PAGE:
I just ate a sandwich that contained organic, antibiotic free chicken. Welcome to Asheville, North Carolina, the Paris of the South.

At the post-wedding casual brunch that lasted all day, I found myself once again talking about my roadtrip plans. I ran into the usual trouble of not having answers for “Where are you from?” or “Where do you live?” (Answers: Nowhere and everywhere? In my car?) I was chatting with the groom’s mother about my plans for visiting my Aunt in Tennessee but my concerns about making the 8 hour trip in one day. “I’ll probably just stop about half way there and stay in a hotel, it’s all on one highway I think.” “Oh! Why don’t you just stay with my brother in Asheville? And just like that, I found myself being invited in like family to the family that Ashwin is now a part of!

I’d never been to Asheville before, and to be honest, I was expecting it to be a quaint Southern town. I couldn’t have been more wrong. It reminded me a lot of the fancy ski towns in Colorado that I saw on my last cross country road trip. The car climbed high into the mountains, so much so that the air pressure activated the vinegar spray bottle I had packed to clean up doggy accidents. Now the whole backseat smells like vinegar.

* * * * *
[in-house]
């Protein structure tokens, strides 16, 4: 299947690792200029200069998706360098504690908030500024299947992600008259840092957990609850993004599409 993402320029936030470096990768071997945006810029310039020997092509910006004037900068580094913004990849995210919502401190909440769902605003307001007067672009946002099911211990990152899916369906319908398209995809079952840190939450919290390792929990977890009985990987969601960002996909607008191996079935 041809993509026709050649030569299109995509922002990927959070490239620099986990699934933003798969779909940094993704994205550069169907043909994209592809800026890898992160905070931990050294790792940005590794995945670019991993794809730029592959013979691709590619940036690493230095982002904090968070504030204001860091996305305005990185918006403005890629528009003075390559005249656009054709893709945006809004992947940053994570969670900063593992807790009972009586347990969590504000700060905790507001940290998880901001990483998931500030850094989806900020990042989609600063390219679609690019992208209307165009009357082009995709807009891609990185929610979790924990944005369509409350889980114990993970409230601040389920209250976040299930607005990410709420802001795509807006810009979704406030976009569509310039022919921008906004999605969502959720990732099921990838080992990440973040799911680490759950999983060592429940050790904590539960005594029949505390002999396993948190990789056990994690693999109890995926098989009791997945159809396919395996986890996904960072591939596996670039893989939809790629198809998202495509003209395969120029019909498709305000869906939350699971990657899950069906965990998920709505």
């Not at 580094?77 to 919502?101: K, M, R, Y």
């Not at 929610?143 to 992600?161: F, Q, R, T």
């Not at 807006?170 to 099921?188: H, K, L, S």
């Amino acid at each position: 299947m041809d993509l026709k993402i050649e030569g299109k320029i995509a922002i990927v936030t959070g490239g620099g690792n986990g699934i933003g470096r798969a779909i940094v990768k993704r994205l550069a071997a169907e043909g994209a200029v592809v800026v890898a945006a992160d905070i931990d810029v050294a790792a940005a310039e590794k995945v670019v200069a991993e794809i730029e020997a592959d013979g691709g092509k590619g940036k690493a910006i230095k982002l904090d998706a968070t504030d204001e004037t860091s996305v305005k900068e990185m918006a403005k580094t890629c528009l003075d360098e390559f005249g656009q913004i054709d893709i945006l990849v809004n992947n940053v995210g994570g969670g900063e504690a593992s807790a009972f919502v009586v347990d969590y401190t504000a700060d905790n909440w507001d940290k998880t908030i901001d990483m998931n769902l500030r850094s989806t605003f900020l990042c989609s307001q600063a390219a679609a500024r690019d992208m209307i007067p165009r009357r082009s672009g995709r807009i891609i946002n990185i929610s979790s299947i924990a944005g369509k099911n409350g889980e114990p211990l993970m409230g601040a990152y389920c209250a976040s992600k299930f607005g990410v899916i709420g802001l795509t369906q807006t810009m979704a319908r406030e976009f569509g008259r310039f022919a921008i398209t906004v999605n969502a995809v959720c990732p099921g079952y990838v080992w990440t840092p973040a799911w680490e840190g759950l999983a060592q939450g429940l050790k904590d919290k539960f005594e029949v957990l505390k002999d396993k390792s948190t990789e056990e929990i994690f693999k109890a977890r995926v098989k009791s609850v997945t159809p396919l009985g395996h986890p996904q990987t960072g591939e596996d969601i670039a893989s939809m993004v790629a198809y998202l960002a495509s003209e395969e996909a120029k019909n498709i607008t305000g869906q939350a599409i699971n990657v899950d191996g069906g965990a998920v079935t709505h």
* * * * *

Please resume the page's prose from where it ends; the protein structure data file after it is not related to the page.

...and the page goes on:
When I arrived, I was greeted by the brother and his partner, about to add new plants to their many garden beds. The dogs happily flew out of the car and chased each other around the driveway. I was admiring a little pond with tiny green plants floating along the surface when Snickers came waltzing along. She walked up along the little wall holding the pond back, and confidently walked right in. She had what I can only describe as a mini dog-heart attack as she realized she was 1. in water 2. needed to swim and 3. had to find a way out. We stopped laughing long enough to pull her out by her collar. She was very embarrassed but in typical Snickers fashion, she sneezed, and then rolled around in the grass.